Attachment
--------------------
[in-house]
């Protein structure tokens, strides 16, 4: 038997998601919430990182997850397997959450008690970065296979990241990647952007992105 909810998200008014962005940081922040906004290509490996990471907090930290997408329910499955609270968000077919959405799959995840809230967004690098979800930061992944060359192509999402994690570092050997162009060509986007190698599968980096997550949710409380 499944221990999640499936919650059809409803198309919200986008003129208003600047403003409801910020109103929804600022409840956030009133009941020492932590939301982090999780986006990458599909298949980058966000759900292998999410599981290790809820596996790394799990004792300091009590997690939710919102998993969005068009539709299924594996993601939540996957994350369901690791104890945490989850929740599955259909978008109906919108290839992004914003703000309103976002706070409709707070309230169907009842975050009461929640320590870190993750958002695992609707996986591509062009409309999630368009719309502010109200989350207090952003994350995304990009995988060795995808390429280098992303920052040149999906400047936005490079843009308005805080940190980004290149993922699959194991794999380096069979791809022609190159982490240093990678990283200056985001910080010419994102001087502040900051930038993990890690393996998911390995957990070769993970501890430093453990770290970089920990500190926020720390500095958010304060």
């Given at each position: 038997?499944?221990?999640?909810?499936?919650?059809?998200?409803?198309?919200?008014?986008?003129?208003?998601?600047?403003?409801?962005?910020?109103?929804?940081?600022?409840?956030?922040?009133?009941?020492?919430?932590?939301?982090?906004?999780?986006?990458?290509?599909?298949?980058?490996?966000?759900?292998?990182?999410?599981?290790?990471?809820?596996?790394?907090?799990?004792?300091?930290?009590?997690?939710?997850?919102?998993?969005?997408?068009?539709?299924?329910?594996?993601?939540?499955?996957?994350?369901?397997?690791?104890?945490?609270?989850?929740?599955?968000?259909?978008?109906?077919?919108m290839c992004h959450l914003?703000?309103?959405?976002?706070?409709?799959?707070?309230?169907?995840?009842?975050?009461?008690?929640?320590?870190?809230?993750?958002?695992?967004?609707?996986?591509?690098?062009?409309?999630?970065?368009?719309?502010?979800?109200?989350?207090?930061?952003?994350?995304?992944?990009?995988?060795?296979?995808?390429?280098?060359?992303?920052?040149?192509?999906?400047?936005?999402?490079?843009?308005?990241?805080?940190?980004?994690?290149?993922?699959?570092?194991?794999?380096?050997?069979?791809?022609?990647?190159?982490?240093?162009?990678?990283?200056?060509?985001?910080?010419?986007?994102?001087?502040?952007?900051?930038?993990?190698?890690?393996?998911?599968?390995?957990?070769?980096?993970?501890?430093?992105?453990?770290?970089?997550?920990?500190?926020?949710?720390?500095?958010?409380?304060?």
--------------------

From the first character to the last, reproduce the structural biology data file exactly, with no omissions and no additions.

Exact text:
[in-house]
């Protein structure tokens, strides 16, 4: 038997998601919430990182997850397997959450008690970065296979990241990647952007992105 909810998200008014962005940081922040906004290509490996990471907090930290997408329910499955609270968000077919959405799959995840809230967004690098979800930061992944060359192509999402994690570092050997162009060509986007190698599968980096997550949710409380 499944221990999640499936919650059809409803198309919200986008003129208003600047403003409801910020109103929804600022409840956030009133009941020492932590939301982090999780986006990458599909298949980058966000759900292998999410599981290790809820596996790394799990004792300091009590997690939710919102998993969005068009539709299924594996993601939540996957994350369901690791104890945490989850929740599955259909978008109906919108290839992004914003703000309103976002706070409709707070309230169907009842975050009461929640320590870190993750958002695992609707996986591509062009409309999630368009719309502010109200989350207090952003994350995304990009995988060795995808390429280098992303920052040149999906400047936005490079843009308005805080940190980004290149993922699959194991794999380096069979791809022609190159982490240093990678990283200056985001910080010419994102001087502040900051930038993990890690393996998911390995957990070769993970501890430093453990770290970089920990500190926020720390500095958010304060």
């Given at each position: 038997?499944?221990?999640?909810?499936?919650?059809?998200?409803?198309?919200?008014?986008?003129?208003?998601?600047?403003?409801?962005?910020?109103?929804?940081?600022?409840?956030?922040?009133?009941?020492?919430?932590?939301?982090?906004?999780?986006?990458?290509?599909?298949?980058?490996?966000?759900?292998?990182?999410?599981?290790?990471?809820?596996?790394?907090?799990?004792?300091?930290?009590?997690?939710?997850?919102?998993?969005?997408?068009?539709?299924?329910?594996?993601?939540?499955?996957?994350?369901?397997?690791?104890?945490?609270?989850?929740?599955?968000?259909?978008?109906?077919?919108m290839c992004h959450l914003?703000?309103?959405?976002?706070?409709?799959?707070?309230?169907?995840?009842?975050?009461?008690?929640?320590?870190?809230?993750?958002?695992?967004?609707?996986?591509?690098?062009?409309?999630?970065?368009?719309?502010?979800?109200?989350?207090?930061?952003?994350?995304?992944?990009?995988?060795?296979?995808?390429?280098?060359?992303?920052?040149?192509?999906?400047?936005?999402?490079?843009?308005?990241?805080?940190?980004?994690?290149?993922?699959?570092?194991?794999?380096?050997?069979?791809?022609?990647?190159?982490?240093?162009?990678?990283?200056?060509?985001?910080?010419?986007?994102?001087?502040?952007?900051?930038?993990?190698?890690?393996?998911?599968?390995?957990?070769?980096?993970?501890?430093?992105?453990?770290?970089?997550?920990?500190?926020?949710?720390?500095?958010?409380?304060?």